Part of the reason that we may look forward to the holiday season is because it is a time that symbolizes love, family, connection, relaxation, community. All of these aspects of the holiday can be what make it so enjoyable, but can also feel even more devastating in the wake of heartbreak. With hallmark movies all over TV, photos of friends and family gathering together with smiles, and talk of vacation, engagements and time with loved ones- it may feel overwhelming and even tougher to be dealing with hard feelings.
Below are a few things to keep in mind if you are working through the loss of a relationship during this holiday season.
- Connect, connect, connect!
During a time where it feels everyone else may be doing great, feeling good, and loving on one another, it may feel tempting to isolate and crawl into yourself. Although the appeal makes sense, it is in these moments when it is even more important to reach out for connection around you. Let yourself be loved on and let yourself be taken care of. If during the holidays you are with friends and family, let them know that you are needing more connection, and be open to the ways they may show you this love and support. During a season of heartbreak is when we most often need to feel the support and connection from those still in our lives, even though it may feel tougher to ask for.
- Set boundaries
You may not be feeling like yourself this holiday season if you are grieving the loss of a relationship. It is okay to not be running on a full tank. If this is the case for you, it is important to give yourself permission to leave a setting where you feel overwhelmed, to not have that drink if you feel it will make you more upset, and to let others know that you may be feeling less up to some of the things that you usually might enjoy. Instead of a night out at the bar with friends, it may be that staying in with a friend or a family member and watching a movie feels better. Reflect on what feels best and practice communicating those needs and boundaries to those around you.
- Be compassionate with yourself
Struggling with loss during the holidays is hard. The holidays seem like they ‘should’ be a happy, upbeat, enjoyable time, and that may not feel like the case this year for you. Being able to show yourself some kindness and feel the tough feelings is important. If you cry at a holiday party, breakdown at dinner with your family, or are not engaging how you usually do- practice compassion! Breakups come with lots of feelings, and we are human beings who are feeling them at different moments. If something happens that is upsetting to you, be aware of how you may be talking to yourself, and if you are needing some love and comfort, it can be an important time to give that gift to yourself. Self-compassion is a powerful practice, and the holiday season is a good time to start this practice.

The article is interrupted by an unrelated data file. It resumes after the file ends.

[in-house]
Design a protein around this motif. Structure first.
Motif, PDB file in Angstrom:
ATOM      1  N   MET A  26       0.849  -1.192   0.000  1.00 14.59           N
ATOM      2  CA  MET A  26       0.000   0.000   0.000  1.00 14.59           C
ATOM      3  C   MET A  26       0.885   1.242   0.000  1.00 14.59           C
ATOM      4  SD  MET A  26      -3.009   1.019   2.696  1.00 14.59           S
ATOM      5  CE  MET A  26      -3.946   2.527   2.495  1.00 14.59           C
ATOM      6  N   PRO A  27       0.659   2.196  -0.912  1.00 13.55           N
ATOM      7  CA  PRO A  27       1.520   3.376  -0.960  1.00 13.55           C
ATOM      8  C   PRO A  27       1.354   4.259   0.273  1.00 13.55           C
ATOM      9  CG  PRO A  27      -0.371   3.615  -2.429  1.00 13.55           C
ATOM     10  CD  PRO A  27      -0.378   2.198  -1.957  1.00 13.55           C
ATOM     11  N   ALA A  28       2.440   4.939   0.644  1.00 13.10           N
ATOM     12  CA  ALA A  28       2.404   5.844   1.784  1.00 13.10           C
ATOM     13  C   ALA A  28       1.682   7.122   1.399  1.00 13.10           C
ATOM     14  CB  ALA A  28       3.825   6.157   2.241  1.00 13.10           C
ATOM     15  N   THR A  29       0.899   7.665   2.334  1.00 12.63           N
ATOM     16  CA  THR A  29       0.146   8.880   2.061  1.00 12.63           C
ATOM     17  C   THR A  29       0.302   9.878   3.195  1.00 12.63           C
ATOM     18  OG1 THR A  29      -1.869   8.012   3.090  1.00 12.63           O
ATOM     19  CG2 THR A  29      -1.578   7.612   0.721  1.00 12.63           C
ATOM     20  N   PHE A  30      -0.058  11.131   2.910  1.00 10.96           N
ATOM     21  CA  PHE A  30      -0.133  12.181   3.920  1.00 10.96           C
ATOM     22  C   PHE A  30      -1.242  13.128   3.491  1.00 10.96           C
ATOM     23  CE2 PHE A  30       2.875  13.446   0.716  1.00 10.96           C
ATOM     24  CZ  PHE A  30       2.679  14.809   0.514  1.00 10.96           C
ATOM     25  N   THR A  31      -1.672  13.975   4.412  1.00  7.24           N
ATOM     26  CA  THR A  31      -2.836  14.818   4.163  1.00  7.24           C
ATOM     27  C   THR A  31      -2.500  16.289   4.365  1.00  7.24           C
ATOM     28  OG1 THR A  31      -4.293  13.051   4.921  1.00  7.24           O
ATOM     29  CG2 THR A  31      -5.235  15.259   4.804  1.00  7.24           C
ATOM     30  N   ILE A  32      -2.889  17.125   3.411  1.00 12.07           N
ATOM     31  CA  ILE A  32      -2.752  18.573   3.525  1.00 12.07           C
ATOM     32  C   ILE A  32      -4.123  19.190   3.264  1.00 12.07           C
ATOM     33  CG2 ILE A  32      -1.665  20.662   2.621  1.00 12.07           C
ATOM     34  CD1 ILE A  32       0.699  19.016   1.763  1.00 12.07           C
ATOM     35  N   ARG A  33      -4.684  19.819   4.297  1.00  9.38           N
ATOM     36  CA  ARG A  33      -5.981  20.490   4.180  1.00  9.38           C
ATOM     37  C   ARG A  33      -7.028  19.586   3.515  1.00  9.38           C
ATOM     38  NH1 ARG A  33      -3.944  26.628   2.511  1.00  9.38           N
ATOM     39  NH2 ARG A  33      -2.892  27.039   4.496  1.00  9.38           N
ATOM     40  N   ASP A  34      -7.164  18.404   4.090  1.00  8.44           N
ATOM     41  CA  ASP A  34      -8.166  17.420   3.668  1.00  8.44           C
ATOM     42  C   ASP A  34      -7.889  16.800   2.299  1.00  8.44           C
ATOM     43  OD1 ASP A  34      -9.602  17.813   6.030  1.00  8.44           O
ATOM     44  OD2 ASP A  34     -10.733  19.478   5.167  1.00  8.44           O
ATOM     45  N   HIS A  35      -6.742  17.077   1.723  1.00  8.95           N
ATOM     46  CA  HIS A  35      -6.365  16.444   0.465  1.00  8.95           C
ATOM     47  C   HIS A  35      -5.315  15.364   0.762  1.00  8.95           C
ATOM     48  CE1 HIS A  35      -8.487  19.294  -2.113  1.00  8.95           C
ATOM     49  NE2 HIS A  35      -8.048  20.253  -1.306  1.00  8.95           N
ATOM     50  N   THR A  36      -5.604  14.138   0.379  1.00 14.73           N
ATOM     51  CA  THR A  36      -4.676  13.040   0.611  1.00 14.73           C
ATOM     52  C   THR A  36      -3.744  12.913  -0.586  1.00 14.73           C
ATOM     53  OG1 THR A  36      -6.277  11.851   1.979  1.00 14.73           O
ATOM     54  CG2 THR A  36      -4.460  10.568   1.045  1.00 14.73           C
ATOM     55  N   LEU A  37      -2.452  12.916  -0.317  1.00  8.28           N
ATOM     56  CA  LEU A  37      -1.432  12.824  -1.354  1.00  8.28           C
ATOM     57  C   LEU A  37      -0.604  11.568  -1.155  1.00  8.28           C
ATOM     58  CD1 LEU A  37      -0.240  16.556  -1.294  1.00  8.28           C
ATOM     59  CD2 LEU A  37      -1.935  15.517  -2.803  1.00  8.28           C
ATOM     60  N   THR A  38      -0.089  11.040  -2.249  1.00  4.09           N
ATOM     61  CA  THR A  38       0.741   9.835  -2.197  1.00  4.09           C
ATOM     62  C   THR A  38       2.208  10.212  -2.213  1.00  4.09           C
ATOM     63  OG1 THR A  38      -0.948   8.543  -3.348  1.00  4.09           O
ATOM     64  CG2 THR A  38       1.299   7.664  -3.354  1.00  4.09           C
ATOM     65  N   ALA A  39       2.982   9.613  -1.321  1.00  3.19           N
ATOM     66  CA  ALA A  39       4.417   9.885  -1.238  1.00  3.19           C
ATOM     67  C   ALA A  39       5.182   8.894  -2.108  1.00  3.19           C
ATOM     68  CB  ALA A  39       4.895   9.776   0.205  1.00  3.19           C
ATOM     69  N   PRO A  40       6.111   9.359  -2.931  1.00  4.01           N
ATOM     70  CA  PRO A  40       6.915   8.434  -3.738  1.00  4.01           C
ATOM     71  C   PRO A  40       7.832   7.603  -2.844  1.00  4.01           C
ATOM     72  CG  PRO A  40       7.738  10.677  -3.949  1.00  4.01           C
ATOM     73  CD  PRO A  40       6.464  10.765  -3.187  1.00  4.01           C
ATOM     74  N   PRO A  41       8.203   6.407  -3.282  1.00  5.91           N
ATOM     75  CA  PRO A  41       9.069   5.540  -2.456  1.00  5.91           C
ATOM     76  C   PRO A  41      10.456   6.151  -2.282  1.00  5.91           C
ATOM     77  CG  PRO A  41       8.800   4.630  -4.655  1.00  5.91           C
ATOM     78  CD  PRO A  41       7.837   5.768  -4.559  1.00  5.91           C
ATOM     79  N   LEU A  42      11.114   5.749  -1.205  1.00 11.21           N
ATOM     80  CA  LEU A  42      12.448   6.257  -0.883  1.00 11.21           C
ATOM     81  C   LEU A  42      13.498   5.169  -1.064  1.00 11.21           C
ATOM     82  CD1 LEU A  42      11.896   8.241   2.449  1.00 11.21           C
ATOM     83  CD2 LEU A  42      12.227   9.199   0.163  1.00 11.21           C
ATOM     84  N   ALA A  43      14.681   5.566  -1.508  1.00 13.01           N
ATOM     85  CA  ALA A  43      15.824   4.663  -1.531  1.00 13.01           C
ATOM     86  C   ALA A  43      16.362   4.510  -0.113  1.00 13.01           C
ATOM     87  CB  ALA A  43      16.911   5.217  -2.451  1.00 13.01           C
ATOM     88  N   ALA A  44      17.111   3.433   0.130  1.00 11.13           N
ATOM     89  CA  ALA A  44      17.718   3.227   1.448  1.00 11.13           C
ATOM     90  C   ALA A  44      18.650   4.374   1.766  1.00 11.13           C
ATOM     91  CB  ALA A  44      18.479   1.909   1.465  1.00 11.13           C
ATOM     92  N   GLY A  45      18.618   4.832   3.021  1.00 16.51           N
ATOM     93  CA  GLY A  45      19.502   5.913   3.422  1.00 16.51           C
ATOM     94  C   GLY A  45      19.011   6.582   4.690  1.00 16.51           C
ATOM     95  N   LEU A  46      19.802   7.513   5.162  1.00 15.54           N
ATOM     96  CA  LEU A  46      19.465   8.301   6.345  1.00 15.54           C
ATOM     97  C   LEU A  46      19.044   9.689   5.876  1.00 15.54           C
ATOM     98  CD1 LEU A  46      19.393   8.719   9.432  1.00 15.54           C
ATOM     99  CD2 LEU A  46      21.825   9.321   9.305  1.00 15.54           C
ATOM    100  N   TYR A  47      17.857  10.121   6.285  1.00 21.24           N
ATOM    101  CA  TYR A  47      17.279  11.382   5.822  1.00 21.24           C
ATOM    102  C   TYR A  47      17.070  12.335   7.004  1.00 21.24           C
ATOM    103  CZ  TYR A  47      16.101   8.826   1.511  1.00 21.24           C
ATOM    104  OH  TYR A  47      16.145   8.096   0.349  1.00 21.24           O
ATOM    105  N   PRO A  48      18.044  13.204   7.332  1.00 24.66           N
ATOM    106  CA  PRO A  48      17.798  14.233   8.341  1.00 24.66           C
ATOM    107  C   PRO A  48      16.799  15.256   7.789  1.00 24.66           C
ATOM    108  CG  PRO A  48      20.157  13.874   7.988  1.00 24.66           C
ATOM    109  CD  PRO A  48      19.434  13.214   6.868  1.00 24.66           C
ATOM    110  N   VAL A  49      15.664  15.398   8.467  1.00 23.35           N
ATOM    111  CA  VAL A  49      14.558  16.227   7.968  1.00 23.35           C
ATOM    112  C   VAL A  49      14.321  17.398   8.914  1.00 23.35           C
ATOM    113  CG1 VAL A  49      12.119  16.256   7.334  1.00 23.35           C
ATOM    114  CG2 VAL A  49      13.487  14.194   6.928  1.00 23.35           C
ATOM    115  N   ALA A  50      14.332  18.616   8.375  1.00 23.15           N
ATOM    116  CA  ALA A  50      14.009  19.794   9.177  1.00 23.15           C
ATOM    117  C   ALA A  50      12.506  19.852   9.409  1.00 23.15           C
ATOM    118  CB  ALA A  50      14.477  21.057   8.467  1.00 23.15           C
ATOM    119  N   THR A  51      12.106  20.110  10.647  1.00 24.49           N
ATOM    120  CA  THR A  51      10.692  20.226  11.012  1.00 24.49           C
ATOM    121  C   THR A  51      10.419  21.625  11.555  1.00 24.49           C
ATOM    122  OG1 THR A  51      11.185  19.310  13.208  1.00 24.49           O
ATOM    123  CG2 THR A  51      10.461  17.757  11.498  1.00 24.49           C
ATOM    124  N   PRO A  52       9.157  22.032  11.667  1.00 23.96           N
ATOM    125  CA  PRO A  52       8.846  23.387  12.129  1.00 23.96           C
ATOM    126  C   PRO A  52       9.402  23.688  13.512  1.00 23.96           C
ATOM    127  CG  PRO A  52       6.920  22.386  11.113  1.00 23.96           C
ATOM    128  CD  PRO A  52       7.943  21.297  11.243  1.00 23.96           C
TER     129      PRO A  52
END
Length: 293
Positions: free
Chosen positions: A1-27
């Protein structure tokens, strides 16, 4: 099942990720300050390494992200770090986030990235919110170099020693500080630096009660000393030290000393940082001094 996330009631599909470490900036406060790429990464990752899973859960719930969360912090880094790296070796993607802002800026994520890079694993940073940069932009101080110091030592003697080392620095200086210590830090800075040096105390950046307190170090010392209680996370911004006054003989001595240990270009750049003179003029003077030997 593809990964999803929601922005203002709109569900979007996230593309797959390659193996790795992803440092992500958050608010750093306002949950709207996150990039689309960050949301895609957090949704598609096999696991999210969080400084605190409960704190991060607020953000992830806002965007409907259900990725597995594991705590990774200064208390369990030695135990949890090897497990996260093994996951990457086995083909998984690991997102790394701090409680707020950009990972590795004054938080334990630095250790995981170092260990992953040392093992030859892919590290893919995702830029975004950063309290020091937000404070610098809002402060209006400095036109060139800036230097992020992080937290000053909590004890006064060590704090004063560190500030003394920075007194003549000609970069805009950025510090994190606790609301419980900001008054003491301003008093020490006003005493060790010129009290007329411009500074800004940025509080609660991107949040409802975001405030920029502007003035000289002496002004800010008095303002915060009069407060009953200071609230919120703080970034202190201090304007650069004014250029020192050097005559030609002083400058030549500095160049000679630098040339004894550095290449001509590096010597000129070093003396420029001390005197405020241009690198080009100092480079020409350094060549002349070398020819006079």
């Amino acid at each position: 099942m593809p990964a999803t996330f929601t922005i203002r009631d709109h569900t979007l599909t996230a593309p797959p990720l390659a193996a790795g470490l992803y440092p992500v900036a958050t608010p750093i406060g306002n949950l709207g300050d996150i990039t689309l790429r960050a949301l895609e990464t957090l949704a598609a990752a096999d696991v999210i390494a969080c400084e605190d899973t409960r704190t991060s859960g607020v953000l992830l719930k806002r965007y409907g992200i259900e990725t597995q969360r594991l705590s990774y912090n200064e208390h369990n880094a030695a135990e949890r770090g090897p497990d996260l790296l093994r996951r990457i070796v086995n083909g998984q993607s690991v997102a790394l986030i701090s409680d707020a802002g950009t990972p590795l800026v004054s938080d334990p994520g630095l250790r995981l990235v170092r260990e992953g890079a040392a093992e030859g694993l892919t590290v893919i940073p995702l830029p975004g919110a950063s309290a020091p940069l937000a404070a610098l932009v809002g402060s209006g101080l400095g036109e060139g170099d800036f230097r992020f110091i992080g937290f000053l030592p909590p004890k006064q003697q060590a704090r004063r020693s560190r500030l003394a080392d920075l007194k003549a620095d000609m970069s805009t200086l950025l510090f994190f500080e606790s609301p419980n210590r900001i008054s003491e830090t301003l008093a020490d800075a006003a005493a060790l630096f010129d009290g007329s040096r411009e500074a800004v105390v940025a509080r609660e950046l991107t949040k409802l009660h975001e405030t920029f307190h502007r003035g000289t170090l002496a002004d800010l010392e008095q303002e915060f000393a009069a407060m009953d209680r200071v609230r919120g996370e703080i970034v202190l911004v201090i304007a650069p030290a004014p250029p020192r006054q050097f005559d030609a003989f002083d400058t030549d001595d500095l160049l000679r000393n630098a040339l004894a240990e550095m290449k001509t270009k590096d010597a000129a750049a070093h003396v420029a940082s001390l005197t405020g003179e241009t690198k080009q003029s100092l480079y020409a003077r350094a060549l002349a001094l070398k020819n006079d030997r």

- Take breaks from negative thinking
Being able to acknowledge your feelings is important in any healing process. With that being said, be conscious and allow yourself to take breaks when you are feeling overwhelmed or consumed by tough feelings. If you are noticing lots of defeated and negative thinking going on, call awareness to it and engage in an activity, call a friend, or do something that engages your body in order to help you get out of your mind for a bit. The tough thoughts and feelings will come. Acknowledge them, feel them, but also continue to move on with things that bring you joy and with people whom you feel connected to.